• Image Credit: Murilee Martin
  • Image Credit: Murilee Martin
  • Image Credit: Murilee Martin
  • Image Credit: Murilee Martin
  • Image Credit: Murilee Martin
  • Image Credit: Murilee Martin
  • Image Credit: Murilee Martin
  • Image Credit: Murilee Martin
  • Image Credit: Murilee Martin
  • Image Credit: Murilee Martin
  • Image Credit: Murilee Martin
  • Image Credit: Murilee Martin
  • Image Credit: Murilee Martin

The second-generation Volkswagen Golf made its United States debut for the 1985 model year, ditching the old Rabbit name for the occasion. These cars sold very well in California, and that's where I found this worn-out-and-discarded red GTI.



The GTI badges have been pried off, but the VIN checks out as a genuine, Westmoreland-built 1985 Volkswagen GTI.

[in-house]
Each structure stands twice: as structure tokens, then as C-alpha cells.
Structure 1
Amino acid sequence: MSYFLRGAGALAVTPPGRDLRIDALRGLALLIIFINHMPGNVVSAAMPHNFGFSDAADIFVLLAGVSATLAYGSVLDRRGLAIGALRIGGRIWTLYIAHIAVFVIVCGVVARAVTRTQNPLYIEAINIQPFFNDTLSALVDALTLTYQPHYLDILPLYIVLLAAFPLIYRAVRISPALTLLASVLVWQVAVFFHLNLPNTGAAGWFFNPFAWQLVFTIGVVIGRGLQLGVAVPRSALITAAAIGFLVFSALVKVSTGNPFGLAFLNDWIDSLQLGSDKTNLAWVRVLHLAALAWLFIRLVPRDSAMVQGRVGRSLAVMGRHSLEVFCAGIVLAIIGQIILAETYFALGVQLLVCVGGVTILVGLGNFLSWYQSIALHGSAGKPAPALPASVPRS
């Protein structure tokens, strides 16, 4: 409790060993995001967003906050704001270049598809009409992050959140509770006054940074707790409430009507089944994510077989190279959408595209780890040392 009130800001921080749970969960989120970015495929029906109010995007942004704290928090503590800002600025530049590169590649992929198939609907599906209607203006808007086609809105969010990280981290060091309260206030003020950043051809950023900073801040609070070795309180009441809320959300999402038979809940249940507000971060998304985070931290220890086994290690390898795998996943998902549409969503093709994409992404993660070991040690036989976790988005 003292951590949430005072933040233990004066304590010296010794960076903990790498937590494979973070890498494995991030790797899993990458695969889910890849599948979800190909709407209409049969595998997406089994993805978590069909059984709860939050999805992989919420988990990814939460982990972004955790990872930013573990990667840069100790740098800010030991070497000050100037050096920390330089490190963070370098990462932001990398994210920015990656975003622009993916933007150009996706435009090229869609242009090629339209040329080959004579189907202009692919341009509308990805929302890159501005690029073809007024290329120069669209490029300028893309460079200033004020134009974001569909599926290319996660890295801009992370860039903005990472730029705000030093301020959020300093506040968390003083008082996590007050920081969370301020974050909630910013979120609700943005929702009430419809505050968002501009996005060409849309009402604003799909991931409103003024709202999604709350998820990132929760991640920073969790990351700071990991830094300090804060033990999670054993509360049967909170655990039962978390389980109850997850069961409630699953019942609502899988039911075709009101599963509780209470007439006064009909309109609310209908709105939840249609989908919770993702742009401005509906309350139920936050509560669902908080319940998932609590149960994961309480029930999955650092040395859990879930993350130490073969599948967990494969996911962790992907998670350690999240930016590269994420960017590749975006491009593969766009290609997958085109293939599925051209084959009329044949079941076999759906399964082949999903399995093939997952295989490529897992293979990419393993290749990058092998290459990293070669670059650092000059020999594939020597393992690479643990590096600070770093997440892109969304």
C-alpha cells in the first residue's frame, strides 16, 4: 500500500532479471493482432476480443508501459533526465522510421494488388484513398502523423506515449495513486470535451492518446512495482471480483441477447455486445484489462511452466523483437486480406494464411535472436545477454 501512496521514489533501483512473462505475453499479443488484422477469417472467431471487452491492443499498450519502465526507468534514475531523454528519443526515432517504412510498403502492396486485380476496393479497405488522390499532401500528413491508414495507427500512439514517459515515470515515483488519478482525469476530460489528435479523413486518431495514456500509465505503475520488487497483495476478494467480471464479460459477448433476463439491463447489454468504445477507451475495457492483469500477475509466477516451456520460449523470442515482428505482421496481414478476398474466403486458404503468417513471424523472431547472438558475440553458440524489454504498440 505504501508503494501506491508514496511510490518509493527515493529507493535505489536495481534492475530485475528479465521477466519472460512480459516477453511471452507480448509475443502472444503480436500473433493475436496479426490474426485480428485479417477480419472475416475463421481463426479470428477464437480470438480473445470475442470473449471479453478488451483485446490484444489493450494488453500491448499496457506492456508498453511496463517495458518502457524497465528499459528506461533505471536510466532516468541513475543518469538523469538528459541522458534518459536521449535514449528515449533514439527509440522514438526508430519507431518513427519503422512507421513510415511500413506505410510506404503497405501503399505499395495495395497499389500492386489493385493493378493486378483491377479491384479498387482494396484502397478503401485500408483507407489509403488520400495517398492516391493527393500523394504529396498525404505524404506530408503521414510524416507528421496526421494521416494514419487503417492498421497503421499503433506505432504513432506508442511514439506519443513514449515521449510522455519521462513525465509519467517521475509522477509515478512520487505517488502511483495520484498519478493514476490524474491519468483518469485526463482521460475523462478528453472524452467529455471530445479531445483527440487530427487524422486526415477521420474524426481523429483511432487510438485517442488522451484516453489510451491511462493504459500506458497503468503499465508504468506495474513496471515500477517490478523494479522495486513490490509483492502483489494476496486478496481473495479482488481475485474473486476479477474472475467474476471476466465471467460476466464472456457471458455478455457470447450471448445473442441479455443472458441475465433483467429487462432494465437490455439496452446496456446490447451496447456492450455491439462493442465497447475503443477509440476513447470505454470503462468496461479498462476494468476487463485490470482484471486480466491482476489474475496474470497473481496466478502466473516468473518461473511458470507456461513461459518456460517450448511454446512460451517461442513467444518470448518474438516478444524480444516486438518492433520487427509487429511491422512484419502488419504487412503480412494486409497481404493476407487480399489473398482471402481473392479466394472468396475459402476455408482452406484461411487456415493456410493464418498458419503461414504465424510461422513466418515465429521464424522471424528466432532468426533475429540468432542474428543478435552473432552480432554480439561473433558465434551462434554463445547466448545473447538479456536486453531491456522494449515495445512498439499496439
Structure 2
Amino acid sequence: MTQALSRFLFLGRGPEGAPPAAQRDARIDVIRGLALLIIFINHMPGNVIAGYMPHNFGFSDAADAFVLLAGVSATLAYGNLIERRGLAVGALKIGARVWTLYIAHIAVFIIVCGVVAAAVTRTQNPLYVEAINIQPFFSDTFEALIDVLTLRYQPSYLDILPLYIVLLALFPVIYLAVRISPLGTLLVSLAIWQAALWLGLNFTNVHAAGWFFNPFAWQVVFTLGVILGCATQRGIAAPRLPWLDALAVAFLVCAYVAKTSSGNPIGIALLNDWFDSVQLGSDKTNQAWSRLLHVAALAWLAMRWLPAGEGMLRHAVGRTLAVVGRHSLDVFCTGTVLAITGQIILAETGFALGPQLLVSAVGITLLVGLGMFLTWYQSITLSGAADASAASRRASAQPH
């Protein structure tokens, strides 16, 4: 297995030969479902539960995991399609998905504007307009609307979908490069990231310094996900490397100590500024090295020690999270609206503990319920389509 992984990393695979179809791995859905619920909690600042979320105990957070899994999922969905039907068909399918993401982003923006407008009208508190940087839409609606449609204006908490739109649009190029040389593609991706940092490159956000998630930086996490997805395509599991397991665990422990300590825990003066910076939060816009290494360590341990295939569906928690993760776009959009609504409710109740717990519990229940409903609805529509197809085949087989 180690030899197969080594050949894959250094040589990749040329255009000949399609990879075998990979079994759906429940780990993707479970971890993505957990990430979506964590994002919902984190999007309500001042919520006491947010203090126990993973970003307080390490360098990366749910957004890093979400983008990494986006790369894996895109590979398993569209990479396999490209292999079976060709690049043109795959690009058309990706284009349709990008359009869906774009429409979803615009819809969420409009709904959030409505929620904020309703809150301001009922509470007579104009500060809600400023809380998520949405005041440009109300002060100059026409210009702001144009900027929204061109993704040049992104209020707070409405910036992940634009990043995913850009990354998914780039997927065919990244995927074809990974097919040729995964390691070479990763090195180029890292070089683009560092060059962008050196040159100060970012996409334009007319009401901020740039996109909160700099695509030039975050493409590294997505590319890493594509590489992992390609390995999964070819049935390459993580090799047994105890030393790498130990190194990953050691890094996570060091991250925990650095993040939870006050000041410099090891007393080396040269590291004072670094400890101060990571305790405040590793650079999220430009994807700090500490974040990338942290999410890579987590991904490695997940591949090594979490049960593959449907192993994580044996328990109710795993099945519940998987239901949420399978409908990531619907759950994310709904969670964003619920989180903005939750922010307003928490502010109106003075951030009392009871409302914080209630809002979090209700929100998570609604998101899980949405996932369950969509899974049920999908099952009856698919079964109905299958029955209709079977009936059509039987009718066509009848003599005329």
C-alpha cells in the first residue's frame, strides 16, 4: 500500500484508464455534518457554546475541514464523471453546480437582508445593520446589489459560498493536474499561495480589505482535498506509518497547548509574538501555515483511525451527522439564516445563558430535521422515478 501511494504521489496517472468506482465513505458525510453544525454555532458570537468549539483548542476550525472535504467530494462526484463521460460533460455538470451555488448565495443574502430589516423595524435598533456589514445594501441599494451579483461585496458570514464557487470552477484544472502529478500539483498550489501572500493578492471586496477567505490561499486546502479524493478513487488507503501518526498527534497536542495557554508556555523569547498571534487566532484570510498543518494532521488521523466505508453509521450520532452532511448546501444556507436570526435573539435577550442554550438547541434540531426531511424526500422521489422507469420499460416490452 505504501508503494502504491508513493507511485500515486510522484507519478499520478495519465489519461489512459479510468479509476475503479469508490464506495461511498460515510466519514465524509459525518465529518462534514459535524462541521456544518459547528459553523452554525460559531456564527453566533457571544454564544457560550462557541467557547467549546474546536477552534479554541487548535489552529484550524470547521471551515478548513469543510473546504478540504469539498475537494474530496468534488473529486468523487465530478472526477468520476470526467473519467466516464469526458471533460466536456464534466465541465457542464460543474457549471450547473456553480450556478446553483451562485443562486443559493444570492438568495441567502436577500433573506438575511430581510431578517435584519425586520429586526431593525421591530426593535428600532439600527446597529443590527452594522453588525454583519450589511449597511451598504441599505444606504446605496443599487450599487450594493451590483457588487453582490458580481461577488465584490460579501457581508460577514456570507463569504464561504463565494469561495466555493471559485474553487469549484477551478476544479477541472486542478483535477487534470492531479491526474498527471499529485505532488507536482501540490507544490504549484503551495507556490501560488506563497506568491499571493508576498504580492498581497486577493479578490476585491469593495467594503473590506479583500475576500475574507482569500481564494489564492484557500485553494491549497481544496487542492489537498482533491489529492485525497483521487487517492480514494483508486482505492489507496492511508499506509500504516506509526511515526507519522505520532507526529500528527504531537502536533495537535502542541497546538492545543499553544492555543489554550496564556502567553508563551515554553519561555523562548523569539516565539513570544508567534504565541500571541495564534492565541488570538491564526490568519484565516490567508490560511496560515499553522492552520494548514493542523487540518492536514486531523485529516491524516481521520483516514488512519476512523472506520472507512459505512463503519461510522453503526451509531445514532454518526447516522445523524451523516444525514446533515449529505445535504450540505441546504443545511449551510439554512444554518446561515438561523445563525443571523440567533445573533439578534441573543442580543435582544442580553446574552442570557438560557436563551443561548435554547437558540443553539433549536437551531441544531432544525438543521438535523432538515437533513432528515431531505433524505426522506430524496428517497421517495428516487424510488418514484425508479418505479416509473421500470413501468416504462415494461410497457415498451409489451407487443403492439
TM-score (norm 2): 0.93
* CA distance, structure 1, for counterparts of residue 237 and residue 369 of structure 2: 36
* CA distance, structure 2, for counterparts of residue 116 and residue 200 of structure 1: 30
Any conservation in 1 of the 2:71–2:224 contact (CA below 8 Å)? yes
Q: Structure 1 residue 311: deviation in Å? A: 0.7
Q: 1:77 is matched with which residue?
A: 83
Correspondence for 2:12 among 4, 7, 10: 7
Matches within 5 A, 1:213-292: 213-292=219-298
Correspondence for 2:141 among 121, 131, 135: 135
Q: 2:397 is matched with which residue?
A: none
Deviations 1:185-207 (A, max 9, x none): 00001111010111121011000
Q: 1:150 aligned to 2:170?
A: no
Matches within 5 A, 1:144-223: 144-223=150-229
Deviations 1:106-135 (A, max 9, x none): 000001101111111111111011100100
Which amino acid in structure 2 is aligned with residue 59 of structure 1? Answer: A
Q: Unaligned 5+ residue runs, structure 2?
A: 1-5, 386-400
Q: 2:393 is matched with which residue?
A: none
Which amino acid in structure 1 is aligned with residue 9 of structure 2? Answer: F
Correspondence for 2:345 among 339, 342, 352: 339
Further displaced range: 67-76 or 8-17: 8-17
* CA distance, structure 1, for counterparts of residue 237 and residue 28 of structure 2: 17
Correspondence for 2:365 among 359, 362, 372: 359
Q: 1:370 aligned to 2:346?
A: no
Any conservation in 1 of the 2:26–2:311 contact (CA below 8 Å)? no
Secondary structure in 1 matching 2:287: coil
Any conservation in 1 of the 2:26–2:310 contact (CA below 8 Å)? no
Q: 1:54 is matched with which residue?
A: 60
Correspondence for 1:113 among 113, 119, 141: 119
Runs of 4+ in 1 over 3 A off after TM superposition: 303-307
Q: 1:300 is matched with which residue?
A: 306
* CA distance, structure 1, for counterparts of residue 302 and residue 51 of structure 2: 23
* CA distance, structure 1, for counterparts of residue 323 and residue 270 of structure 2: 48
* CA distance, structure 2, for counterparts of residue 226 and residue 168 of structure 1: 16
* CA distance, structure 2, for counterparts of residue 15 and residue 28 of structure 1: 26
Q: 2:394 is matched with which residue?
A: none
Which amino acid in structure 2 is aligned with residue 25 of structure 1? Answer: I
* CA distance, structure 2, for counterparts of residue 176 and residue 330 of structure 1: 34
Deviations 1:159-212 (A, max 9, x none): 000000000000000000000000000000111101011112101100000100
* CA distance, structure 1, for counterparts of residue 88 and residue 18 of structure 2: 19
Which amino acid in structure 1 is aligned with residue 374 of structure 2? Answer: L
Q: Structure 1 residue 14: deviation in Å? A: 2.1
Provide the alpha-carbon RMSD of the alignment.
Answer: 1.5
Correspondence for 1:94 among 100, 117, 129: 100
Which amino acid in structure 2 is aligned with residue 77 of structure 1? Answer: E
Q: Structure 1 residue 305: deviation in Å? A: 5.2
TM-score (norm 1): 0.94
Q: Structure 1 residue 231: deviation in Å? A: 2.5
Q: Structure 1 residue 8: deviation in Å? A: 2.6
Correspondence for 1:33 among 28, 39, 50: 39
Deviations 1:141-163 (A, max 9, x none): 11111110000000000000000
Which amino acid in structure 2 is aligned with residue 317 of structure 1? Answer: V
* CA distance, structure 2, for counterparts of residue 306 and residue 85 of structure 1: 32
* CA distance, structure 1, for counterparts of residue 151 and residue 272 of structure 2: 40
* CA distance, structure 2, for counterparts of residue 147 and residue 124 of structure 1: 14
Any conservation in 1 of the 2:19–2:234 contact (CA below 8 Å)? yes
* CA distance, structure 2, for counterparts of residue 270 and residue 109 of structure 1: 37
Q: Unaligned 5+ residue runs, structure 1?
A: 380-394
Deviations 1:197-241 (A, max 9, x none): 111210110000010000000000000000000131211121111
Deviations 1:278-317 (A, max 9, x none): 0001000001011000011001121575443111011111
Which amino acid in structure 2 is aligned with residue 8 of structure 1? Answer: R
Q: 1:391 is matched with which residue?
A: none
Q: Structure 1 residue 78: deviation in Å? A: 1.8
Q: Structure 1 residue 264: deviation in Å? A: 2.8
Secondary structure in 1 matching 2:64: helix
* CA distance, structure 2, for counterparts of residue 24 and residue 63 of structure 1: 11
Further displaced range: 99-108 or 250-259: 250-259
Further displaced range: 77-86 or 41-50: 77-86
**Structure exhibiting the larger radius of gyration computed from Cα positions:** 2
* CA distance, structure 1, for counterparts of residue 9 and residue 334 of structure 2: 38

I was a freshman in college in Southern California in 1985, and the new GTI was the car all the rich kids got for their high-school graduation that year (the really rich kids got Mercedes-Benz 500SLs, this being the era of lots of dirty S&L money flying around Orange County). I drove a 351W-swapped 1968 Mercury Cyclone that year, and my car accelerated much better than a GTI but was dismissed as a relic of the past. Which it was.



Not quite 200,000 miles on the clock.



The US-market 1985 GTI got an 8-valve, 1.8-liter engine making 100 horsepower. That seems like not much power today, but remember that the fairly quick 1985 Honda Civic Si had a mere 91 horses.



It's not a car. It's a Volkswagen.


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